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Sound Reinforcement - Forums for Live Sound Professionals - Your Displayed Name Must Be Your Real Full Name To Post In The Live Sound Forums => HistoryOfConcertSound.org => Topic started by: Larry Robbins on June 27, 2017, 06:58:51 pm

Title: Bill Hanley Interview
Post by: Larry Robbins on June 27, 2017, 06:58:51 pm
This is a roadie free radio  interview with Bill and  John Kane who has been documenting his work.
https://youtu.be/Lrqx1Achomo (https://youtu.be/Lrqx1Achomo)
Title: Re: Bill Hanley Interview
Post by: Rob Spence on June 28, 2017, 10:48:14 pm
This is a roadie free radio  interview with Bill and  John Kane who has been documenting his work.
https://youtu.be/Lrqx1Achomo (https://youtu.be/Lrqx1Achomo)

Awesome!

I have met Bill a few times. Thanks for posting.


Sent from my iPad using Tapatalk HD
Title: Re: Bill Hanley Interview
Post by: Ivan Beaver on June 30, 2017, 08:41:12 pm
Many people today have no idea how hard it was to put together a system back in those days.

It is VERY easy these days, with much better tools.
Title: Re: Bill Hanley Interview
Post by: Bob Leonard on July 17, 2017, 08:34:12 am
The Balaroo skating rink was very popular, and very old. It's where my parents first met, and where we used to skate in the early 60's, and I remember the organ well.
Title: Re: Bill Hanley Interview
Post by: Scott Holtzman on July 17, 2017, 08:18:09 pm
Many people today have no idea how hard it was to put together a system back in those days.

It is VERY easy these days, with much better tools.

Some of us are old enough to remember though I had never heard the term "footlight" monitor before I listened to the interview.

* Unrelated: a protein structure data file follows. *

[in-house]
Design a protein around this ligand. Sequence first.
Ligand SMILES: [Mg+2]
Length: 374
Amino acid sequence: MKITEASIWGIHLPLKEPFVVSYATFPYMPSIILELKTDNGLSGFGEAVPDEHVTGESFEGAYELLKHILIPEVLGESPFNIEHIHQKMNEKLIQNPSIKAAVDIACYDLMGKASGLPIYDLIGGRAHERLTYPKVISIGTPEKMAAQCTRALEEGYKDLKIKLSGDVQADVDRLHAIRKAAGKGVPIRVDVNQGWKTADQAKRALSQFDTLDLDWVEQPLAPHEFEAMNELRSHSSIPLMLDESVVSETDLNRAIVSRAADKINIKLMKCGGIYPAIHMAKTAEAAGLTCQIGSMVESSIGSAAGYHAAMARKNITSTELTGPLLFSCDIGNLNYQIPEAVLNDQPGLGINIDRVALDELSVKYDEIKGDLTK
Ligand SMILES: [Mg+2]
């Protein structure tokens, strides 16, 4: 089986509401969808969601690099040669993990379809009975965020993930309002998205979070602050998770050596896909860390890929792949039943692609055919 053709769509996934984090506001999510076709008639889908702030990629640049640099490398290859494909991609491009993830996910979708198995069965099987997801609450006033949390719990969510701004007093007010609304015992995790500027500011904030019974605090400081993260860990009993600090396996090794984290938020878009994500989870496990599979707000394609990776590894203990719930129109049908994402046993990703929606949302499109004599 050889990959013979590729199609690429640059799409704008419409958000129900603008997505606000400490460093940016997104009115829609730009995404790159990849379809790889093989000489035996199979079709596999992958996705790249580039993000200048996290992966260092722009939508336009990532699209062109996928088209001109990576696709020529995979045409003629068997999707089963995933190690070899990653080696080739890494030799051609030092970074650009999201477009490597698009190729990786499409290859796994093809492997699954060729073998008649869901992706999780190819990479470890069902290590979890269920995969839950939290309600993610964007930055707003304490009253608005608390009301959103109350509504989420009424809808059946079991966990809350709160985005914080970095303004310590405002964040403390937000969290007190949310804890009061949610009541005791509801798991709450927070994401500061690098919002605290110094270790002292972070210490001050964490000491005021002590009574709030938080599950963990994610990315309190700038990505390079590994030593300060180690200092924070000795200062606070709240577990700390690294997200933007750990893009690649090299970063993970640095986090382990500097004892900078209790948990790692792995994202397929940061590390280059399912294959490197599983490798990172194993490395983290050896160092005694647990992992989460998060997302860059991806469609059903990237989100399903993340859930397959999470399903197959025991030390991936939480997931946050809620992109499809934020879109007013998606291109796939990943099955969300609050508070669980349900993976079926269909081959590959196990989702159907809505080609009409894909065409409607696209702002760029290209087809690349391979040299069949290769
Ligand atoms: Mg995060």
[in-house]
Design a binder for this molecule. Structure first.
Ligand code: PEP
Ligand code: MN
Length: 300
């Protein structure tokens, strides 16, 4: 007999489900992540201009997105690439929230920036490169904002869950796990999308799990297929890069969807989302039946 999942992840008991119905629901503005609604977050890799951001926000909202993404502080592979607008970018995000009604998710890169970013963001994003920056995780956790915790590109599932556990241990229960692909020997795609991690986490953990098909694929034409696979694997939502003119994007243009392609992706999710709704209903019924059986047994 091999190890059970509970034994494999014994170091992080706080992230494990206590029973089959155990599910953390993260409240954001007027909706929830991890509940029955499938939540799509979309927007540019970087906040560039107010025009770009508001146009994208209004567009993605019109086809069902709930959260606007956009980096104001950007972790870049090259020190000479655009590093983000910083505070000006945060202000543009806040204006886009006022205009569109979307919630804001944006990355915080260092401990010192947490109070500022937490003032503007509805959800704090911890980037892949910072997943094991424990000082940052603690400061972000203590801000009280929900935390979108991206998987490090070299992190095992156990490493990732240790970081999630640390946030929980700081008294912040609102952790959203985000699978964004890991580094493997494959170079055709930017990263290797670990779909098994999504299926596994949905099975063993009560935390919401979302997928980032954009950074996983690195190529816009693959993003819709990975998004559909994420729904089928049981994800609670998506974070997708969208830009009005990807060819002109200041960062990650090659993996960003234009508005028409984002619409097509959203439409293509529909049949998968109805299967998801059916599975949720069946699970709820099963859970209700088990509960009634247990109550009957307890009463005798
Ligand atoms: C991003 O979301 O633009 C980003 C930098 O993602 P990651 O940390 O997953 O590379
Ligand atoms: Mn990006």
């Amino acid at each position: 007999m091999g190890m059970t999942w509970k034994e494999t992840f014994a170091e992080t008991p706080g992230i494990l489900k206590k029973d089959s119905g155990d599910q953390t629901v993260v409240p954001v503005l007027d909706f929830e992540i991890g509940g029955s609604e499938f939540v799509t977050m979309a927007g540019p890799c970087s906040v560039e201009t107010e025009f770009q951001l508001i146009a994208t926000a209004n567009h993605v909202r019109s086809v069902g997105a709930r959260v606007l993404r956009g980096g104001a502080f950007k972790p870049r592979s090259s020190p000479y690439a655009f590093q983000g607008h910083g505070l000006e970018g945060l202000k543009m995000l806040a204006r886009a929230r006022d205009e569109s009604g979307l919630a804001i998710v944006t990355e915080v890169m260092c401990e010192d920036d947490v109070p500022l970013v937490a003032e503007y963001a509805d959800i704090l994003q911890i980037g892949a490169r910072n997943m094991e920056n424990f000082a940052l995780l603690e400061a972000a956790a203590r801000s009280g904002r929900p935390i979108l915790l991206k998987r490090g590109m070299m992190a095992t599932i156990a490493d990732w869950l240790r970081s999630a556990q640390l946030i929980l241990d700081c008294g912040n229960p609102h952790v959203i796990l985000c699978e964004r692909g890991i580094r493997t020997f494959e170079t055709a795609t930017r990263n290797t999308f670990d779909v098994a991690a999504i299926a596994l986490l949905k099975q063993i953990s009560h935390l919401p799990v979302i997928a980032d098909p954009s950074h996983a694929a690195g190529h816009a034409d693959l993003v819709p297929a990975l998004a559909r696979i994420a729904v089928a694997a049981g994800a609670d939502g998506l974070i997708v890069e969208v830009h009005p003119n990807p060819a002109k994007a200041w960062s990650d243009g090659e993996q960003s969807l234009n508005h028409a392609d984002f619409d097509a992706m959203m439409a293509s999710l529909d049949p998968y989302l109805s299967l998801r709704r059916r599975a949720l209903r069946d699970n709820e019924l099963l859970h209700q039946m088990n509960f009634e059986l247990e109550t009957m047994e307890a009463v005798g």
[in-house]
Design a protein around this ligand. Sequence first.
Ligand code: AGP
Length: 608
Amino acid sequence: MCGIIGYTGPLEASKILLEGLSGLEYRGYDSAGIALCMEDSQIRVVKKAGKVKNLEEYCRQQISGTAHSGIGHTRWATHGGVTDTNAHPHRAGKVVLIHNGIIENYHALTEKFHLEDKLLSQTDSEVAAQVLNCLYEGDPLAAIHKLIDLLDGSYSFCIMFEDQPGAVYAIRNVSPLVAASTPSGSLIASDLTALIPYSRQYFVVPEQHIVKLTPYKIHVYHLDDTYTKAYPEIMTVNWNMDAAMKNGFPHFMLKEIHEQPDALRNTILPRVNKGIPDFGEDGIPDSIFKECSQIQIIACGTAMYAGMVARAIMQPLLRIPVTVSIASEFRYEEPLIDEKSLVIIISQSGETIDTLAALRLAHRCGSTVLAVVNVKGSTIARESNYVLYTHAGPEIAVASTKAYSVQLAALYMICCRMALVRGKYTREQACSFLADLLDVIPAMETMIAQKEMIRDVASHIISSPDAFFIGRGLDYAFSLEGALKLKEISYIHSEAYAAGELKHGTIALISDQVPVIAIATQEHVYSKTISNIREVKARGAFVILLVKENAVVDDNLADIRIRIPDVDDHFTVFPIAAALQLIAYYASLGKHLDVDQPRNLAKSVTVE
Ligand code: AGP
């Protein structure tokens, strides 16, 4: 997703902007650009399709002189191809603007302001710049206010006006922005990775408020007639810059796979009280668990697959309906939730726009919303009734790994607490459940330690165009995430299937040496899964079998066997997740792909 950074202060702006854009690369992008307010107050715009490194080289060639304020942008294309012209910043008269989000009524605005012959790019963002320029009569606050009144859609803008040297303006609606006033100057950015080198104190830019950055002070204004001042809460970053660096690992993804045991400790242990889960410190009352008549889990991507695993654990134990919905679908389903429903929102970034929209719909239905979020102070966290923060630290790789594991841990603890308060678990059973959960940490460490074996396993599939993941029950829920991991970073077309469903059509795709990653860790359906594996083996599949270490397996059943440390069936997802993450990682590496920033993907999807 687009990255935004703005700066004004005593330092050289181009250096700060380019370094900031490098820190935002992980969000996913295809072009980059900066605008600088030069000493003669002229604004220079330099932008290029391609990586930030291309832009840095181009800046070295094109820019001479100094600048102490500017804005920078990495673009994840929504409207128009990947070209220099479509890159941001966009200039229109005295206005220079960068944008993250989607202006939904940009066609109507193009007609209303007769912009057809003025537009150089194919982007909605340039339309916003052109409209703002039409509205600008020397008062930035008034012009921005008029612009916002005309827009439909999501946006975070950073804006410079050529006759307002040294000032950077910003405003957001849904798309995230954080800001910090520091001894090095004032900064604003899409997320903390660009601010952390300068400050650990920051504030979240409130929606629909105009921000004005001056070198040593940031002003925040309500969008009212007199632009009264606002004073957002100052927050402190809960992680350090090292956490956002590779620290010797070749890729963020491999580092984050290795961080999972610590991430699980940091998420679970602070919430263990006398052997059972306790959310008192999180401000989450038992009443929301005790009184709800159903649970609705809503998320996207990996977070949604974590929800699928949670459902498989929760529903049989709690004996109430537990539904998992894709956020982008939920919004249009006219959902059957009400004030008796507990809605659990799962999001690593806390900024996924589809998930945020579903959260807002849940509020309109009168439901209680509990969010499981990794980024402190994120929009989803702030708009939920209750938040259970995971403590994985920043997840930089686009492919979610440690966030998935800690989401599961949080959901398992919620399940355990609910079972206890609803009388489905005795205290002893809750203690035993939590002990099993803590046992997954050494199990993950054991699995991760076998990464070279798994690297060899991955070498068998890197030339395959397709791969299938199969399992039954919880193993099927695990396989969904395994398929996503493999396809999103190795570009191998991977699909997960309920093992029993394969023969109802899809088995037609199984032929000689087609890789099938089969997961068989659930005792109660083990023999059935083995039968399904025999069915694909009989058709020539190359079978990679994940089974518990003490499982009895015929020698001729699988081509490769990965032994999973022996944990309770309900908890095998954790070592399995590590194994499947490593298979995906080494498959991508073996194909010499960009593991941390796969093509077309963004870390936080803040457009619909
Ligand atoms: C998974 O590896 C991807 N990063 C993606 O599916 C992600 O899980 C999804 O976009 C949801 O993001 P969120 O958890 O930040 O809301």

To me Prism was the turning point where you could spec an arena touring grade system and buy into the business.  Before that providers differentiated themselves with their systems.

Pay to play is a new concept.  You do still need skill and experience to operate it.
Title: Re: Bill Hanley Interview
Post by: Art Welter on July 18, 2017, 11:39:25 am
Some of us are old enough to remember though I had never heard the term "footlight" monitor before I listened to the interview.
To me Prism was the turning point where you could spec an arena touring grade system and buy into the business.  Before that providers differentiated themselves with their systems.

Pay to play is a new concept.  You do still need skill and experience to operate it.
Scott,

Funny how popular footlights were, and then seemed to almost vanish from rock and roll once “footlight monitors” took up all the down stage real estate. With in ear monitors more popular, footlights are making there way back.

By the mid 1980’s there were a variety of viable “pay to play” systems available from EAW, JBL, Martin, Meyers, Turbosound, and some others capable of arena touring, though the largest national touring companies  were still using their own proprietary systems.

Don't know if by "Prism" you are referring to ShowCo’s Prism systems, but as far as I know they were proprietary cabinets owned only by ShowCo until Clair bought ShowCo around the turn of last century. At that time Clair had recently developed their own line arrays, and were phasing out of the “S4 era” that had lasted from the 1970s, as the “Line Array Era” ushered in in 1992 by L’ Acoustic’s VDosc systems had already took hold big time along with the preponderance of ever increasing video production.